For some parents, the absolute best mobile phone for kids is no mobile at all.
For others, it's the one you're comfortable with them having.
One they can use safely and responsibly while sticking to any rules you laid out for them.
So which to choose?
From simple phones designed specifically for children, to affordable options for teens or young adults...this guide will show you what we think are the best options in the UK for 2018!
Rugged designs and simple interfaces for tiny minds and active living
Offering voice dialing, GPS tracking and an emergency mode, the Tinitell smartband makes it simple for even toddlers to stay connected. You program numbers in using an app on your phone and when your kid needs to place a call, they push the button on the front and say the name of the contact.
While it isn't waterproof, it is splash resistant and the rubbery wristband and soft casing should stand up well to the abuse of being attached to a small child's wrist. The magnetic charging dock means no need for tiny fingers to line up tiny plugs.
Their FAQ notes that the smartband will work with any 2G carrier using the 2100mhz frequency. Recommended UK carriers include giffgaff, EE and O2.
Doro Secure 580
Featuring 4 speed dial buttons, an emergency assistance button and large function buttons, the Doro Secure 580 offers a look and feel similar to candybar mobiles with a simplified interface perfect for younger kids. Support for a range of frequencies makes the phone compatible with most UK networks.
Doro Secure 580 (Unlocked)
From £89.99 at Amazon
If you're looking for a way to keep track of your kids, texting a code to the phone sends back an link to the phone's location on Google Maps. While it doesn't offer a ton of additional features or flair, the price and features line up to create a great value-conscious mobile for kids.
Phones with Basic Calling and GPS Tracking
It seems that while mobiles get fancier each year, we’re doing less calling on them than ever before. But handing a kid a phone with high-speed mobile data, apps and social media opens up opportunities many parents aren't comfortable with.
If your kids want to call and text but you don’t want them to have the full features of a smartphone, a feature phone is a great option. They still get to talk with friends and you don’t have to worry about endless app downloads or a surprise on your monthly tariff due to a weekend-long YouTube binge.
Doro PhoneEasy 508
Looking for something more like a traditional mobile? The Doro PhoneEasy 508 features a large keypad, dedicated function buttons and a small display perfect for use by smaller fingers.
Doro PhoneEasy 508 (Unlocked)
From £29.99 at Amazon
Lack of web access or apps means you don't have to worry about teens running up charges or accessing things you don't want them to see.
Affordable, full-featured smartphones for accident-prone teens
While the original iPhone and early Android mobiles forever changed the way the world communicates, smartphones aren’t the revolutionary things they once were.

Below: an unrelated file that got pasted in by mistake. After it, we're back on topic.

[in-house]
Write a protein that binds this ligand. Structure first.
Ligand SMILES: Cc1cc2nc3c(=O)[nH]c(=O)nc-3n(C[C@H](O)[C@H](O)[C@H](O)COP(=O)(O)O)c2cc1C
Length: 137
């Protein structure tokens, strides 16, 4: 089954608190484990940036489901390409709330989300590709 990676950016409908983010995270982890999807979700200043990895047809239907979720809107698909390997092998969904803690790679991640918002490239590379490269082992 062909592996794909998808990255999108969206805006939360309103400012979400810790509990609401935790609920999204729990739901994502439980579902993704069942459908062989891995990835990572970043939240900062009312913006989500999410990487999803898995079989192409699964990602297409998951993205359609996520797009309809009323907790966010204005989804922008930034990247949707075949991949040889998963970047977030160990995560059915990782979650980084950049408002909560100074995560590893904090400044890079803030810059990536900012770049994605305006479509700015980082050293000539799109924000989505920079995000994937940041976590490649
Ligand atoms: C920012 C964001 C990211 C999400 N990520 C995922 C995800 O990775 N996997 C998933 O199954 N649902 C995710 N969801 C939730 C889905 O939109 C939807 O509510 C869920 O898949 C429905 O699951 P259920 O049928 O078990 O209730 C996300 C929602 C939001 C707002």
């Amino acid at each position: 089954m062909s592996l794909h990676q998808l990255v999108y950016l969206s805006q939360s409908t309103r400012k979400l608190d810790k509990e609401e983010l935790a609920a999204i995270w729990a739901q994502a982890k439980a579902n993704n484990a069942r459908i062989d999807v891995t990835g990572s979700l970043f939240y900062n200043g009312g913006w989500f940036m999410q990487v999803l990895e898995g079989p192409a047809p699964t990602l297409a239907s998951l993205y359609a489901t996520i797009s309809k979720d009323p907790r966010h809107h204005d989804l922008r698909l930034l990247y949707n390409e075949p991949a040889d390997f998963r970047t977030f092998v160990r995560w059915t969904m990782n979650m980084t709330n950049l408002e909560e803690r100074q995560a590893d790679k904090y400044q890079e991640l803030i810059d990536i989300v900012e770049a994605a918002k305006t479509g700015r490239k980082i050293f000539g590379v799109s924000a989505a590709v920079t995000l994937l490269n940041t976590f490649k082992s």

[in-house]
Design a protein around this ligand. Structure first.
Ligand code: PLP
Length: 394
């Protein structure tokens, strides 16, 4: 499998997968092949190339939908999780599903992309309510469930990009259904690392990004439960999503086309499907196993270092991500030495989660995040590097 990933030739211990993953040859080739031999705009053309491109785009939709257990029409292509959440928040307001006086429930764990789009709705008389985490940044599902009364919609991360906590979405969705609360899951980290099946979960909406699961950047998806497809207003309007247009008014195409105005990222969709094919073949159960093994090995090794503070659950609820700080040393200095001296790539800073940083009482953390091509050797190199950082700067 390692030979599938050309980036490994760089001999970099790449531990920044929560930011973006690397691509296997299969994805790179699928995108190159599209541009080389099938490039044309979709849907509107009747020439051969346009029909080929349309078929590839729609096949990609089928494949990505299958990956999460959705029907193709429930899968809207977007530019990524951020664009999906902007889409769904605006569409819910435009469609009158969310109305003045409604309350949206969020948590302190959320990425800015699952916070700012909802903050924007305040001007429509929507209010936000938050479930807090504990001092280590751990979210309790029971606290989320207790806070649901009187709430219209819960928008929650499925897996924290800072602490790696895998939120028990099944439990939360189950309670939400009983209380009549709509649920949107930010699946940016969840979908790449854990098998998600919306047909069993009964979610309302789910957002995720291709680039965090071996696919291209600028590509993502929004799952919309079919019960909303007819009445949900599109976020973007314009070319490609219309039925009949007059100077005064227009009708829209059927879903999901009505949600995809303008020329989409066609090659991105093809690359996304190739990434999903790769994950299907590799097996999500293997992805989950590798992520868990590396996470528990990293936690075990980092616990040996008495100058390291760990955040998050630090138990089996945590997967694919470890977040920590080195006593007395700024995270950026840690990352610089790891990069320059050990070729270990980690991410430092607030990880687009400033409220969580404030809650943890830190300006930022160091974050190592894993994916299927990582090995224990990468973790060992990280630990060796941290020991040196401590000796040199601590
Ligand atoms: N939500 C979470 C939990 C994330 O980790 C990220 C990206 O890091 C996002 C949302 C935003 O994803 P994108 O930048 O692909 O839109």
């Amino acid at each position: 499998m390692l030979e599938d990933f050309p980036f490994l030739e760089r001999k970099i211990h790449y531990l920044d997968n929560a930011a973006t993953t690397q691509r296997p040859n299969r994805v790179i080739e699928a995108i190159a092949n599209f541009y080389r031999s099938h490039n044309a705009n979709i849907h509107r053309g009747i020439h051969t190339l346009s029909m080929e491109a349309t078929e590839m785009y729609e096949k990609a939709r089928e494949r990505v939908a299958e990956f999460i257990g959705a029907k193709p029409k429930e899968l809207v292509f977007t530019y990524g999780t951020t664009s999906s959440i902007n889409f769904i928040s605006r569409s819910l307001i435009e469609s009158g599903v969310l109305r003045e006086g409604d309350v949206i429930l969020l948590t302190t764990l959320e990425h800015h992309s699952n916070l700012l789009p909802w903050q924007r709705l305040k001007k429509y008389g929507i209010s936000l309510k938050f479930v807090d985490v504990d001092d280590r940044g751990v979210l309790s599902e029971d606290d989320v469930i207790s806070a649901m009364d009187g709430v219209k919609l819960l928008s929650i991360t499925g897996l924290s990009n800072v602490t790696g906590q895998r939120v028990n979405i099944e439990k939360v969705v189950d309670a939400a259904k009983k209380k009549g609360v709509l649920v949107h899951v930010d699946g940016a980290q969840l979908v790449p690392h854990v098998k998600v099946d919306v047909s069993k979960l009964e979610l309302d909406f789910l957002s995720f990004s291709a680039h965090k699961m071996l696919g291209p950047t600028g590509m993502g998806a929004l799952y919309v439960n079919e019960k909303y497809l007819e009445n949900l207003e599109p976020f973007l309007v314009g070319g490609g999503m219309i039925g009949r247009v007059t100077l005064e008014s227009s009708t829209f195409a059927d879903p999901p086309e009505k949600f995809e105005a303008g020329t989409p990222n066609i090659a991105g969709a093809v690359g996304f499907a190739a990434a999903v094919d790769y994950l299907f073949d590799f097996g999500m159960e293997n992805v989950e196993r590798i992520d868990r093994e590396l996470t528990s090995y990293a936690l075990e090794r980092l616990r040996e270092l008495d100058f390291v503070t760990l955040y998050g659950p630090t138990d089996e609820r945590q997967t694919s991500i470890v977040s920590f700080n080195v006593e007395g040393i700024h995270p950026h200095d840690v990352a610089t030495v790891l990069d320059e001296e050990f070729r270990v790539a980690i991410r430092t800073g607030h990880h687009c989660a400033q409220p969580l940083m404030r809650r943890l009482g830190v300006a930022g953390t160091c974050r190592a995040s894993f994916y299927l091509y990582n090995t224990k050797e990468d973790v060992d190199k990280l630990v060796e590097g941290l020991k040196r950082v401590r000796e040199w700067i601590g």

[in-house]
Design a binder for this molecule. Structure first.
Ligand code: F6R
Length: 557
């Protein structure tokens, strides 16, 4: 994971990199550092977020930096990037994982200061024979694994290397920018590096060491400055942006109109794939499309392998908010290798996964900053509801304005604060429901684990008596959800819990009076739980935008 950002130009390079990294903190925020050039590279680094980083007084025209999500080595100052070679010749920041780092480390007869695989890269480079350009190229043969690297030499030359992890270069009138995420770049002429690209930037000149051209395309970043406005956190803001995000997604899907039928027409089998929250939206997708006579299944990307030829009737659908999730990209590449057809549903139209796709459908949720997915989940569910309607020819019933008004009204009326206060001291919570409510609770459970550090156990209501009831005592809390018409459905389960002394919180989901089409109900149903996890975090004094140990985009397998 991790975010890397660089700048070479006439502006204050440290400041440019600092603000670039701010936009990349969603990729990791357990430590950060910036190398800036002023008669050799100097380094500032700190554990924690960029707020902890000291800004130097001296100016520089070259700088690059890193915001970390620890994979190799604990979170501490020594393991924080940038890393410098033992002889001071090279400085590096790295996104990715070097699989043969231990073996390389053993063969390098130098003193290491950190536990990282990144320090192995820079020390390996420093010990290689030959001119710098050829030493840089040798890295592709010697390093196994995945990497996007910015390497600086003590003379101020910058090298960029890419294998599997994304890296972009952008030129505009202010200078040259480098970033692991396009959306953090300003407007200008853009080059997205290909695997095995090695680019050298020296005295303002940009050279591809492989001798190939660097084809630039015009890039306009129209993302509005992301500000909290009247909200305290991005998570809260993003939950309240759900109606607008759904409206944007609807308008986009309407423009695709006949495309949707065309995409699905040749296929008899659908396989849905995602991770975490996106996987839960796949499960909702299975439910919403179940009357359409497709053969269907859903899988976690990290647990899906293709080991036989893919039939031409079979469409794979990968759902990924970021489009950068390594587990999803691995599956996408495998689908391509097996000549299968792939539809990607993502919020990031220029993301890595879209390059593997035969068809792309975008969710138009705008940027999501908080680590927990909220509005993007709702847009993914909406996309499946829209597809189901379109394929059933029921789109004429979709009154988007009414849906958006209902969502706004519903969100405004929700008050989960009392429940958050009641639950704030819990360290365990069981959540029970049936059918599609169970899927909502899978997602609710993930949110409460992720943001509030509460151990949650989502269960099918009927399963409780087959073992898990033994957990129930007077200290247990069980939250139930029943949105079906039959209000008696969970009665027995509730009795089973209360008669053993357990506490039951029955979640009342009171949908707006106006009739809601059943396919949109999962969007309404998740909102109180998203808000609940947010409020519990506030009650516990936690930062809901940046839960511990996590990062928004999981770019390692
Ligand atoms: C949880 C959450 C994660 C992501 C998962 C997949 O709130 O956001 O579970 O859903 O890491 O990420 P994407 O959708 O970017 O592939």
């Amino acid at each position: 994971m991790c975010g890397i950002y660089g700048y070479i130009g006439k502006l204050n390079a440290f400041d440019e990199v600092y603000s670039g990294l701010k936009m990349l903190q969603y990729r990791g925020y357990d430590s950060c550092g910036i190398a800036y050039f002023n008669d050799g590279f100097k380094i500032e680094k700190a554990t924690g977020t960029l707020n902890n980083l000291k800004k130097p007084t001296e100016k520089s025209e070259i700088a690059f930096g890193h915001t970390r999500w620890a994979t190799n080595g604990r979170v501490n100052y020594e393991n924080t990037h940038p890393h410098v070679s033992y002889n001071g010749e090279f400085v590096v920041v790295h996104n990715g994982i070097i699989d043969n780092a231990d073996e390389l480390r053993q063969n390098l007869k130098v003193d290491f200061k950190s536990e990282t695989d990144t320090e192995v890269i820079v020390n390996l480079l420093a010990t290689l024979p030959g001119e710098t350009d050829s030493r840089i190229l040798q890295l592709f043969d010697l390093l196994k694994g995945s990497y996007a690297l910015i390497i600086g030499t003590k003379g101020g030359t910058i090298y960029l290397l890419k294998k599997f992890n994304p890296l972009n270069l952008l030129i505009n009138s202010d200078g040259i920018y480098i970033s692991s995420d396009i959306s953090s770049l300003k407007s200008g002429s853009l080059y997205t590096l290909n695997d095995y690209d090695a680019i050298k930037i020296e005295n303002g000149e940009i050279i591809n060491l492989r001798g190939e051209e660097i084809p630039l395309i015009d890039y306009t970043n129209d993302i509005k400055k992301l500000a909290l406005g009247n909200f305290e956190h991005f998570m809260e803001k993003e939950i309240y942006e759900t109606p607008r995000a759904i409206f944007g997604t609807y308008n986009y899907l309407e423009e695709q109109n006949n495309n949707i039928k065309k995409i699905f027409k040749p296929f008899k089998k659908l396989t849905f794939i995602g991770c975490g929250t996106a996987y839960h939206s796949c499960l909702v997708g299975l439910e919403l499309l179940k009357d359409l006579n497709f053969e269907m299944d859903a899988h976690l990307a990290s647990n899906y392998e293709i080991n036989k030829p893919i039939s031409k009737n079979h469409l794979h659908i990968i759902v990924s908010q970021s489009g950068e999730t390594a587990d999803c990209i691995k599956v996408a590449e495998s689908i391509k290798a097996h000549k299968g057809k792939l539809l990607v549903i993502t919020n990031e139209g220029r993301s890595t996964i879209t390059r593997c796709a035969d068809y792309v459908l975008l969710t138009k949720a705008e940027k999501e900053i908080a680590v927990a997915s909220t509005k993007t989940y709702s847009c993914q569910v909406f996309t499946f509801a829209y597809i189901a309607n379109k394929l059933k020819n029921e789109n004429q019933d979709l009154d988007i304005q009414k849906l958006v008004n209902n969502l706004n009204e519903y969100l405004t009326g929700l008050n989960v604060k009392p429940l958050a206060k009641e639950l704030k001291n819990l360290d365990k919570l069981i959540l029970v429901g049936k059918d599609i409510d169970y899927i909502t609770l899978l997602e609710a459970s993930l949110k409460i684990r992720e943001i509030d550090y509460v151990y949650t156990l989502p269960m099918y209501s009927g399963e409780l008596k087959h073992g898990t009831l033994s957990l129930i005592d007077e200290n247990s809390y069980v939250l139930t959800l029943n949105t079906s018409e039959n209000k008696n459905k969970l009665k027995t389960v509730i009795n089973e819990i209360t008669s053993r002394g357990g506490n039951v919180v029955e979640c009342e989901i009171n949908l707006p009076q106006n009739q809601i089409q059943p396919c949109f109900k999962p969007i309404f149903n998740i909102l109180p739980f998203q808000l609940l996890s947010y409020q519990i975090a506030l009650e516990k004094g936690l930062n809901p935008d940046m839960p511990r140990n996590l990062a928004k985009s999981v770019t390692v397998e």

Today, you can find Android mobiles in the low-£100s that would run circles around these earlier devices. Jump into the £200s and you have a full line of options that are more than enough for most teens.
Motorola Moto E (3rd Generation)
With a 5-inch 720p display, quad-core processor and support for microSD cards, the Moto E is a capable, fully-featured smartphone. It costs a fraction of the current flagships and the 1GB of RAM should handle basic daily use and light gaming just fine. There's also an 8MP camera for capturing quick snapshots or sharing images on social media.
Motorola Moto E (3rd Gen)
From £74.99 at Amazon
One downside is that there's only 8GB of internal storage so taking advantage of the microSD expansion card slot is recommended.
With support for a range of prepaid and postpaid networks, there’s a good chance you can find a tariff to suit your budget as well.
Motorola G4 Play
Upgrading to the Moto G4 Play, you'll find a larger 5-inch screen, a faster processor and double the RAM. The 8MP camera will take images rivaling most entry level point-and-shoot cameras.
Motorola Moto G4 Play
From £119.30 on Amazon
Support for microSD cards ensures plenty of room of music, apps and other media as well. While it costs a little more than the Moto E, the difference in performance and features is noticeable.
If you’re looking for a full-featured mobile for a responsible teen, we think this is a superb option. However, if you have any concerns about misuse or you’re looking for a younger child, sticking with the Moto E will provide most of the functionality at half the price.
What about an iPhone?
It seems everywhere you look these days, there's a kid with an iPhone. There's a good chance your kids have asked you for one as well.
However, the latest iPhone doesn't come cheap. This makes us hesitant to recommend a new iPhone for kids or teens. Even with phone insurance, you'll likely pay more for a replacement if it's broken than our previous teen-friendly recommendations.
However, if you're willing to buy used or refurbished, iPhones from the past generation or two are still very capable mobile devices. For example, depending on your network and internal storage preferences, giffgaff offers three different iPhone 5 models with prices ranging between £119 and £149.
Just remember, iPhones don't support microSD cards. So choose a model with plenty of storage.
Any other options for me?
Yep. Blu also makes a variety of Android mobiles with budget-friendly prices. Options start at around £40 with high-end models topping out around £200. All options are unlocked from the factory and many are quad-band. This means you can use them on nearly any GSM network--including popular prepaid options.